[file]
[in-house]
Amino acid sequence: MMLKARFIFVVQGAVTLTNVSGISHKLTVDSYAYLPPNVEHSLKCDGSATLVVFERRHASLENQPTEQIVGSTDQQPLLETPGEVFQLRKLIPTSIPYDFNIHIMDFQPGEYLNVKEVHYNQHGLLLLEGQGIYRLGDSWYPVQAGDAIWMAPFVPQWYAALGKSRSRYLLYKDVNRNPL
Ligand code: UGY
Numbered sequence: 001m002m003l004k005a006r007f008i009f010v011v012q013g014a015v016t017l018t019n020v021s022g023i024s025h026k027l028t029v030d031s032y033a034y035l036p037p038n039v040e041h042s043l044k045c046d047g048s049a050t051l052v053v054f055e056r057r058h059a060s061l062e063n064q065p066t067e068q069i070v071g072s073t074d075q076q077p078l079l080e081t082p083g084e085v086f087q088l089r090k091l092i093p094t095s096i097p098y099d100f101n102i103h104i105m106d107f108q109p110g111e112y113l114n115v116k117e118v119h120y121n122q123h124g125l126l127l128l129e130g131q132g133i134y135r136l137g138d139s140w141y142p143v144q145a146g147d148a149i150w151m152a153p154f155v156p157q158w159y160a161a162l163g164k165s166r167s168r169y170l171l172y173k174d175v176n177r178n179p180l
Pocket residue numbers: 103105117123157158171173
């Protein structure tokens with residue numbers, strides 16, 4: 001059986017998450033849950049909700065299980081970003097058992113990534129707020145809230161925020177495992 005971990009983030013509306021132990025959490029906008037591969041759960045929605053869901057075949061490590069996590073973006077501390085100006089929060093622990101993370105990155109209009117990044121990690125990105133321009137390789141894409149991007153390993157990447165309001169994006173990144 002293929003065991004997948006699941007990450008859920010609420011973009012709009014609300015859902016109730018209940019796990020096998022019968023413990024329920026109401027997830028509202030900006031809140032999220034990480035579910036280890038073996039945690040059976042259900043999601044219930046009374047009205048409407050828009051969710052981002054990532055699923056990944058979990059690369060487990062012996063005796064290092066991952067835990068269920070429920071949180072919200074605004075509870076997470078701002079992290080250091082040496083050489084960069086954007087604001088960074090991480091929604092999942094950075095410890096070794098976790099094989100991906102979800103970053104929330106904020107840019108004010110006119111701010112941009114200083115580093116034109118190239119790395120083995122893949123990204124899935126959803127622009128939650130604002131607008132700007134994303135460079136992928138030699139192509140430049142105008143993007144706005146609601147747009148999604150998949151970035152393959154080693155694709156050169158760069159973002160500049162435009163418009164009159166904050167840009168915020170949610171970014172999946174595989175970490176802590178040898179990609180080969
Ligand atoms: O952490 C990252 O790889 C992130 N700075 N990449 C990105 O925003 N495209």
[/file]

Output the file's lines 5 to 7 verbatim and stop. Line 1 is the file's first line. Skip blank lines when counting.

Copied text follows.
Pocket residue numbers: 103105117123157158171173
């Protein structure tokens with residue numbers, strides 16, 4: 001059986017998450033849950049909700065299980081970003097058992113990534129707020145809230161925020177495992 005971990009983030013509306021132990025959490029906008037591969041759960045929605053869901057075949061490590069996590073973006077501390085100006089929060093622990101993370105990155109209009117990044121990690125990105133321009137390789141894409149991007153390993157990447165309001169994006173990144 002293929003065991004997948006699941007990450008859920010609420011973009012709009014609300015859902016109730018209940019796990020096998022019968023413990024329920026109401027997830028509202030900006031809140032999220034990480035579910036280890038073996039945690040059976042259900043999601044219930046009374047009205048409407050828009051969710052981002054990532055699923056990944058979990059690369060487990062012996063005796064290092066991952067835990068269920070429920071949180072919200074605004075509870076997470078701002079992290080250091082040496083050489084960069086954007087604001088960074090991480091929604092999942094950075095410890096070794098976790099094989100991906102979800103970053104929330106904020107840019108004010110006119111701010112941009114200083115580093116034109118190239119790395120083995122893949123990204124899935126959803127622009128939650130604002131607008132700007134994303135460079136992928138030699139192509140430049142105008143993007144706005146609601147747009148999604150998949151970035152393959154080693155694709156050169158760069159973002160500049162435009163418009164009159166904050167840009168915020170949610171970014172999946174595989175970490176802590178040898179990609180080969
Ligand atoms: O952490 C990252 O790889 C992130 N700075 N990449 C990105 O925003 N495209």